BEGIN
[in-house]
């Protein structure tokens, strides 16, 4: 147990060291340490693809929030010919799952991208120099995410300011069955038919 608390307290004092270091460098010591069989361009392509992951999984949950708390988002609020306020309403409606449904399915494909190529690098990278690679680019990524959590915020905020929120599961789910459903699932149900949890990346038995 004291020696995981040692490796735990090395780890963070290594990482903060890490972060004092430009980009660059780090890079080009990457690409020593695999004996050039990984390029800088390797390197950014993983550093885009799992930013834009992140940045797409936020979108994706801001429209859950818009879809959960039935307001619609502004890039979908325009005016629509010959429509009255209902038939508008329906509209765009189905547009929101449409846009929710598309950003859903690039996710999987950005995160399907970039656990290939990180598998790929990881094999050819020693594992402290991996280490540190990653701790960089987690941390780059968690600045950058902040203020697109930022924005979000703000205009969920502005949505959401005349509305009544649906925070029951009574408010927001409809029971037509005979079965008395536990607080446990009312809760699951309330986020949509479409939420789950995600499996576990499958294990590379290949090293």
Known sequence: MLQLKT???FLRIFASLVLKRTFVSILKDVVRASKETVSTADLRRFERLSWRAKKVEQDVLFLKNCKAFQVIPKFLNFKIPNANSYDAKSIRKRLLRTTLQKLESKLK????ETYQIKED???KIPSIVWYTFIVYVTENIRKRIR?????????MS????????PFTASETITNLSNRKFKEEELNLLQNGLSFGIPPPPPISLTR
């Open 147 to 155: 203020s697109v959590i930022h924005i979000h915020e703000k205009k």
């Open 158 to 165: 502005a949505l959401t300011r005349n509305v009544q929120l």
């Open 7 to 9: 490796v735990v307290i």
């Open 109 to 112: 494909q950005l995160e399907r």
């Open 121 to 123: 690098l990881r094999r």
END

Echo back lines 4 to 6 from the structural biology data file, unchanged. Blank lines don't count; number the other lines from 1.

């Open 147 to 155: 203020s697109v959590i930022h924005i979000h915020e703000k205009k």
């Open 158 to 165: 502005a949505l959401t300011r005349n509305v009544q929120l």
């Open 7 to 9: 490796v735990v307290i």